Casual hook ups top HIV transmission risk list: report
The latest HIV Seroconversion Study Report released today shows that HIV is still most likely to be transmitted by male-to-male sex and that barriers still exist for gay men to get tested for HIV.
The study, which has been ongoing since September 2007, is a collaboration between the University of New South Wales and La Trobe University along with state AIDS councils and People Living With HIV/AIDS organisations nationwide.
The report, Experiences of HIV: The Seroconversion Study Report 2013, states: “Few HIV infections among gay men are attributable to sex between regular male partners. HIV is far more likely to be transmitted via sex with a casual partner or a ‘fuckbuddy’.”
The study also shows that 88 per cent of all HIV transmissions occur as a result of male homosexual intercourse, as opposed to heterosexual contact (9%) and injecting drug use (1%).
The study points out that while there has been an increase in “high-risk” activities such as unprotected anal intercourse, there has also been a rise in other non-condom based risk management, something researchers say suggests “an evolving calculus of risk among gay men.”
The report also recommends changes to the way Pre-Exposure Prophylaxis and Post-Exposure Prophylaxis are handled in order to reap the benefits they can bring.
“There are multiple reasons why men avoid or delay testing in the months or years prior to their diagnosis, including the belief that they had not done anything ‘risky’, and fear of being told they were HIV-positive,” the report states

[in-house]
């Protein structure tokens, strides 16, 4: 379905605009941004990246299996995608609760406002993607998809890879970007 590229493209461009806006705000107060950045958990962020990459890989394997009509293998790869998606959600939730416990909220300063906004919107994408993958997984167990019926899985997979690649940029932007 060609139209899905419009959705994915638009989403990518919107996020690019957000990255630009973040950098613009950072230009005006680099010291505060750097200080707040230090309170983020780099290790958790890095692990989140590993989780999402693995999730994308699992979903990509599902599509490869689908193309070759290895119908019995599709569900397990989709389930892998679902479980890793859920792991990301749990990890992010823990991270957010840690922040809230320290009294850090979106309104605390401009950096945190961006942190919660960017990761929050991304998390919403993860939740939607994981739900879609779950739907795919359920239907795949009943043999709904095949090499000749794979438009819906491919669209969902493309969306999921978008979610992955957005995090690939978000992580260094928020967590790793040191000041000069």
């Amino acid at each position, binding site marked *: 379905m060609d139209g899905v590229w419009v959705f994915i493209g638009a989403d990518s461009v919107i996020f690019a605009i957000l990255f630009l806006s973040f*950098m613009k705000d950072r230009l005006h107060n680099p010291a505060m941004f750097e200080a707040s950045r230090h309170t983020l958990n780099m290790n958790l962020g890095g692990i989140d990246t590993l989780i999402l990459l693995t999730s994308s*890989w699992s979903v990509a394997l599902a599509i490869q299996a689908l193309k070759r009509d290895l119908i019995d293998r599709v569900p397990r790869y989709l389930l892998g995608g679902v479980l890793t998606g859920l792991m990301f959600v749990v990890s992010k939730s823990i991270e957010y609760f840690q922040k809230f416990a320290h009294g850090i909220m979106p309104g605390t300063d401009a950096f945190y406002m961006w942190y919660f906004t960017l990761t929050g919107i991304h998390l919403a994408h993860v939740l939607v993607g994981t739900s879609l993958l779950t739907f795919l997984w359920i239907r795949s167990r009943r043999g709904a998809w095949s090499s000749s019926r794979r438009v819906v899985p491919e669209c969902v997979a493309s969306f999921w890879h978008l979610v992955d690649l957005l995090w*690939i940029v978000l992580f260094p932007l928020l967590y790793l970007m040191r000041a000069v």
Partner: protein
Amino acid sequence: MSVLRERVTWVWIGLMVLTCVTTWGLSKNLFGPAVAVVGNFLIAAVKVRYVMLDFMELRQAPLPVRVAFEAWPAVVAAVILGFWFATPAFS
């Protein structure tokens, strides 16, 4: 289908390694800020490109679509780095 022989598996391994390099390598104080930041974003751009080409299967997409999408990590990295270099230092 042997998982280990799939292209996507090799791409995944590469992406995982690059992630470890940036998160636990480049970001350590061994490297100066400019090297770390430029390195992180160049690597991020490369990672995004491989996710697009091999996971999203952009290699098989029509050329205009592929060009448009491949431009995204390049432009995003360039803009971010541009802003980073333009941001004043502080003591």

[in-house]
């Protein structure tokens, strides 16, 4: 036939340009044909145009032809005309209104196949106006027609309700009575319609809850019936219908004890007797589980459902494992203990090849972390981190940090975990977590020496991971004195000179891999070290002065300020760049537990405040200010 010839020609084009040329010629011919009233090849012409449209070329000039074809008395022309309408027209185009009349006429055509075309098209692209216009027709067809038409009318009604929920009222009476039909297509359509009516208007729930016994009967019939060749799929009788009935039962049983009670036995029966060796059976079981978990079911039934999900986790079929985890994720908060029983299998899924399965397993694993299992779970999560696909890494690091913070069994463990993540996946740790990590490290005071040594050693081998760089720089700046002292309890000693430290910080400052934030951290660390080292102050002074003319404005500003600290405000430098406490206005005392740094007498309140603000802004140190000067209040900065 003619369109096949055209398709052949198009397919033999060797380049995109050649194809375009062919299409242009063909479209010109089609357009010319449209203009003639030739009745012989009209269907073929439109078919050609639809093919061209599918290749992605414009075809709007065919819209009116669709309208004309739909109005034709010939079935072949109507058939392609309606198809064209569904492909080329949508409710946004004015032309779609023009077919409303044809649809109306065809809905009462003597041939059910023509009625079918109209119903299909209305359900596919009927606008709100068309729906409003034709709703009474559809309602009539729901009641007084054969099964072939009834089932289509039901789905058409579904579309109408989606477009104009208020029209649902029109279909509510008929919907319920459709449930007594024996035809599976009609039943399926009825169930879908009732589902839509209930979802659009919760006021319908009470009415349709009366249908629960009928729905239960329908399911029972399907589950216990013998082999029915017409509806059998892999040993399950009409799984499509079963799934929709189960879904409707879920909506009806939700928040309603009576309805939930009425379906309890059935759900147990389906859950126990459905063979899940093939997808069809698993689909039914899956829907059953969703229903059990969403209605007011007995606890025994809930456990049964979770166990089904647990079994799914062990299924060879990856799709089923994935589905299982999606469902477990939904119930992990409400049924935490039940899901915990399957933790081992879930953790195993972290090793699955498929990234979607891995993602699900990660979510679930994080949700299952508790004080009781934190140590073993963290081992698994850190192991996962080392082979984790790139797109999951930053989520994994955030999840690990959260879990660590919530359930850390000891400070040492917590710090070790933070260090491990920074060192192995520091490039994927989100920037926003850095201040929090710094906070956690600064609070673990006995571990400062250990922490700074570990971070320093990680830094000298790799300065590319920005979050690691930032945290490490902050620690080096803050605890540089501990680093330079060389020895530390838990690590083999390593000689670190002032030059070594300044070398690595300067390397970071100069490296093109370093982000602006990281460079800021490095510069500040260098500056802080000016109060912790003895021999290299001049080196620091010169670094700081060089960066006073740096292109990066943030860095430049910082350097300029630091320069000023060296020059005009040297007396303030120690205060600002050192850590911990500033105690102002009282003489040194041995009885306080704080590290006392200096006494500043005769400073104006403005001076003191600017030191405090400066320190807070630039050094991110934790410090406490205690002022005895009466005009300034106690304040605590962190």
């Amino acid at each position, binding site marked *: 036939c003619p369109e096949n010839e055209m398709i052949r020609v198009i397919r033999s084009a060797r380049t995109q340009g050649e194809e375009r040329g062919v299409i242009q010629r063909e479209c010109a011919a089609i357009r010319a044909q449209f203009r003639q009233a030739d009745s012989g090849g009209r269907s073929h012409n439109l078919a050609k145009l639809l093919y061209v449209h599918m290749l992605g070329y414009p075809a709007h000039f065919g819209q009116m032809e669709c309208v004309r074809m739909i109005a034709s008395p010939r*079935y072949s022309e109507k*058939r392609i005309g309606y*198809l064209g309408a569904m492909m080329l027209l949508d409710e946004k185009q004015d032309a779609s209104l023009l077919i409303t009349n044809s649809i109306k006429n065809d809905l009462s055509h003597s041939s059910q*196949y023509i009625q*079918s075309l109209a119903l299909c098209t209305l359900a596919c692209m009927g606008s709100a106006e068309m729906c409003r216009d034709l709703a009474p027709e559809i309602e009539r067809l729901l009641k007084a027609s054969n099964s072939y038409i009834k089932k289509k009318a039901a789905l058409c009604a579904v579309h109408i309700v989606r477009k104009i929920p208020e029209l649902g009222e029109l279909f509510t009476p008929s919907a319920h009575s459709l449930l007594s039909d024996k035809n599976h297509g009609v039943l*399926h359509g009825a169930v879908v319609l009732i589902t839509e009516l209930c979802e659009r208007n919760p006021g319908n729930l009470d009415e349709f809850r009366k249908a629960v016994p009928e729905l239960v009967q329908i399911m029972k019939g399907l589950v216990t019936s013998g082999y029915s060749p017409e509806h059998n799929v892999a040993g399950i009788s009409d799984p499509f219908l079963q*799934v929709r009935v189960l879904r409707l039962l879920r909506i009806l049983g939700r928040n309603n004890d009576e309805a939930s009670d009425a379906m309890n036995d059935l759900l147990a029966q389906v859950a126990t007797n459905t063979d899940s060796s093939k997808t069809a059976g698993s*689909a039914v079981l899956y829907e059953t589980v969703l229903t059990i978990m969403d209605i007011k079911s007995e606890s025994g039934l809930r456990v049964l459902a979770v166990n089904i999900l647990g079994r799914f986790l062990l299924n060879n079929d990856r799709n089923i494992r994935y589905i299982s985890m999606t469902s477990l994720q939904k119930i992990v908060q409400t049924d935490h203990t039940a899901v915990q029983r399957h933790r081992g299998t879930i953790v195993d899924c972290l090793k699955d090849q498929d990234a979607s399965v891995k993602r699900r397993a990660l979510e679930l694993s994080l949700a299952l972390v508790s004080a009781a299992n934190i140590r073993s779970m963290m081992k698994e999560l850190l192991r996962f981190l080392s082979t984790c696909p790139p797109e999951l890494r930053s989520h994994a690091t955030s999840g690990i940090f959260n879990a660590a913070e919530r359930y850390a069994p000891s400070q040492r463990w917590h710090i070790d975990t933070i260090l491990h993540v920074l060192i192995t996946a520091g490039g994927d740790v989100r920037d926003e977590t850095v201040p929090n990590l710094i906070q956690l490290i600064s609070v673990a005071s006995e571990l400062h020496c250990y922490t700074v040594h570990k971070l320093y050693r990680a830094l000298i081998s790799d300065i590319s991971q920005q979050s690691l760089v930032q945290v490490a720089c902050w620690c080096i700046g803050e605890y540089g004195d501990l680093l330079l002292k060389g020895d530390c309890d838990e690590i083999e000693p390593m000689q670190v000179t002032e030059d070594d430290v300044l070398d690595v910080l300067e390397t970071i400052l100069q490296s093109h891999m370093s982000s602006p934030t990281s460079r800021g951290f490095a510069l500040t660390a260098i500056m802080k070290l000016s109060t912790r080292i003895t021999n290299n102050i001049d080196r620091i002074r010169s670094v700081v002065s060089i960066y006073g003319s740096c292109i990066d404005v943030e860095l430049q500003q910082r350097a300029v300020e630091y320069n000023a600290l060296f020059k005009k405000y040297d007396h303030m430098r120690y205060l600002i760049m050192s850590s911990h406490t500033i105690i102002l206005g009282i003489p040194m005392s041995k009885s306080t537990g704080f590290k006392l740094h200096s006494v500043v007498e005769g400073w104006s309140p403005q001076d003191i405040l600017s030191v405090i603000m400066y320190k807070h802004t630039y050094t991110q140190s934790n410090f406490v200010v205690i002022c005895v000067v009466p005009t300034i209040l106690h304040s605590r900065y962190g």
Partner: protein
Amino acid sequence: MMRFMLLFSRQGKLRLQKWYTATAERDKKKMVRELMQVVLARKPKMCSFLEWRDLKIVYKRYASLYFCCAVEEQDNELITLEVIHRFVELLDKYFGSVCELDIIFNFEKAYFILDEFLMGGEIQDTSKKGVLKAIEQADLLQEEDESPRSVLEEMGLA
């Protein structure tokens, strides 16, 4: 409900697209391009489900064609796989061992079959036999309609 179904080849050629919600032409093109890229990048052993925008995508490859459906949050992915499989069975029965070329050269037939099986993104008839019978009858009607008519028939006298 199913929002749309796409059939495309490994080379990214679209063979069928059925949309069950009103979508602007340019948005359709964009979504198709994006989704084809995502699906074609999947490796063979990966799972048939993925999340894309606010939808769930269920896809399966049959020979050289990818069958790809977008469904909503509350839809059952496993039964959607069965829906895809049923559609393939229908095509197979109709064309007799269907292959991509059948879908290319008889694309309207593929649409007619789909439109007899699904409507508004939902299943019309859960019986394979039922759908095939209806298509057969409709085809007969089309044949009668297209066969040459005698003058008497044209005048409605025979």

“Men who were less socially connected to other gay men were more likely to have avoided or delayed testing prior to their diagnosis.
“The decision whether or not to commence ART [Antiretroviral Therapy] by those newly diagnosed continues to be a challenging one,” the report continues.
“The anxiety of coming to terms with their recent HIV diagnosis, the stigma still associated with HIV, their relationship with their clinician and the broader community, and concerns and doubts about the ART treatment itself have all been raised by study participants and present very real challenges to health professionals, government and community organisations.”
The report concludes that gay men need greater tools and strategies in reducing risk, especially in short-term or non-committed relationships, and greater education for men on risk reduction strategies; earlier testing needs to be encouraged through community based peer-focused programs; and greater attention needs to be focused on the realities of undergoing treatment and addressing patients’ concerns.
In the next 12 months the study will focus on key issues such as why men delay getting tested, why so few people use PEP and PrEP, status disclosure, the experience of undergoing treatments and services and service gaps that exist for HIV positive people.
The ongoing Seroconversion Study is keen to hear from individuals who have been diagnosed in the last two years. For more information go to hivss.net